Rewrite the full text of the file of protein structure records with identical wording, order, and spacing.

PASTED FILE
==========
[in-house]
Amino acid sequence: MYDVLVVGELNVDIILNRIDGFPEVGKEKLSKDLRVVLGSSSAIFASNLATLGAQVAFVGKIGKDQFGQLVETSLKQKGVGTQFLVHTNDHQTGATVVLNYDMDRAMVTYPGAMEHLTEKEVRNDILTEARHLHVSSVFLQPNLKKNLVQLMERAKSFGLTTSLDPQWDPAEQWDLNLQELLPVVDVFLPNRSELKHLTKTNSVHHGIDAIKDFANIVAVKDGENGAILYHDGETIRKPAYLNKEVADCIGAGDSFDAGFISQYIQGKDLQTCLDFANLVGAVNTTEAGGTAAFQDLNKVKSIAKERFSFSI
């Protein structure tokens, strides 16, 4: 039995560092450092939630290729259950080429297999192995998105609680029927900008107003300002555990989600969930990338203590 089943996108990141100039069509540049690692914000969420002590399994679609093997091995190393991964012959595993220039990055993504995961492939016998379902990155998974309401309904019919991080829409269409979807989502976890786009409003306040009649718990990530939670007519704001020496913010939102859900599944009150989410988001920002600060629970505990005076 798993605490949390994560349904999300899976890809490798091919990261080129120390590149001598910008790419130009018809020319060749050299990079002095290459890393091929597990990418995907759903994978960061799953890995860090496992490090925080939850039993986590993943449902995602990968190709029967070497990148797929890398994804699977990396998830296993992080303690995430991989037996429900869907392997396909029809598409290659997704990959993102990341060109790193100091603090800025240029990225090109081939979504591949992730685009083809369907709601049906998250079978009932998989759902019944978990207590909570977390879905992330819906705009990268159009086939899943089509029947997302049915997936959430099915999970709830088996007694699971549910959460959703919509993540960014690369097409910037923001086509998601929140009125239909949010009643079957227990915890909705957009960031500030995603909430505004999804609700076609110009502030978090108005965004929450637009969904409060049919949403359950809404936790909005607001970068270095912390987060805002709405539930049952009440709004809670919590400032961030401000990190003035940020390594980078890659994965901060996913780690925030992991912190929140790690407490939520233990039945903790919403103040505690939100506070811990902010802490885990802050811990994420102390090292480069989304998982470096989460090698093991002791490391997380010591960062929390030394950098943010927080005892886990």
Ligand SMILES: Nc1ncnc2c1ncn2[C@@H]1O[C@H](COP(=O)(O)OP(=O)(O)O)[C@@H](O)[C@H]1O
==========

[in-house]
Amino acid sequence: MYDVLVVGELNVDIILNRIDGFPEVGKEKLSKDLRVVLGSSSAIFASNLATLGAQVAFVGKIGKDQFGQLVETSLKQKGVGTQFLVHTNDHQTGATVVLNYDMDRAMVTYPGAMEHLTEKEVRNDILTEARHLHVSSVFLQPNLKKNLVQLMERAKSFGLTTSLDPQWDPAEQWDLNLQELLPVVDVFLPNRSELKHLTKTNSVHHGIDAIKDFANIVAVKDGENGAILYHDGETIRKPAYLNKEVADCIGAGDSFDAGFISQYIQGKDLQTCLDFANLVGAVNTTEAGGTAAFQDLNKVKSIAKERFSFSI
């Protein structure tokens, strides 16, 4: 039995560092450092939630290729259950080429297999192995998105609680029927900008107003300002555990989600969930990338203590 089943996108990141100039069509540049690692914000969420002590399994679609093997091995190393991964012959595993220039990055993504995961492939016998379902990155998974309401309904019919991080829409269409979807989502976890786009409003306040009649718990990530939670007519704001020496913010939102859900599944009150989410988001920002600060629970505990005076 798993605490949390994560349904999300899976890809490798091919990261080129120390590149001598910008790419130009018809020319060749050299990079002095290459890393091929597990990418995907759903994978960061799953890995860090496992490090925080939850039993986590993943449902995602990968190709029967070497990148797929890398994804699977990396998830296993992080303690995430991989037996429900869907392997396909029809598409290659997704990959993102990341060109790193100091603090800025240029990225090109081939979504591949992730685009083809369907709601049906998250079978009932998989759902019944978990207590909570977390879905992330819906705009990268159009086939899943089509029947997302049915997936959430099915999970709830088996007694699971549910959460959703919509993540960014690369097409910037923001086509998601929140009125239909949010009643079957227990915890909705957009960031500030995603909430505004999804609700076609110009502030978090108005965004929450637009969904409060049919949403359950809404936790909005607001970068270095912390987060805002709405539930049952009440709004809670919590400032961030401000990190003035940020390594980078890659994965901060996913780690925030992991912190929140790690407490939520233990039945903790919403103040505690939100506070811990902010802490885990802050811990994420102390090292480069989304998982470096989460090698093991002791490391997380010591960062929390030394950098943010927080005892886990």
Ligand SMILES: Nc1ncnc2c1ncn2[C@@H]1O[C@H](COP(=O)(O)OP(=O)(O)O)[C@@H](O)[C@H]1O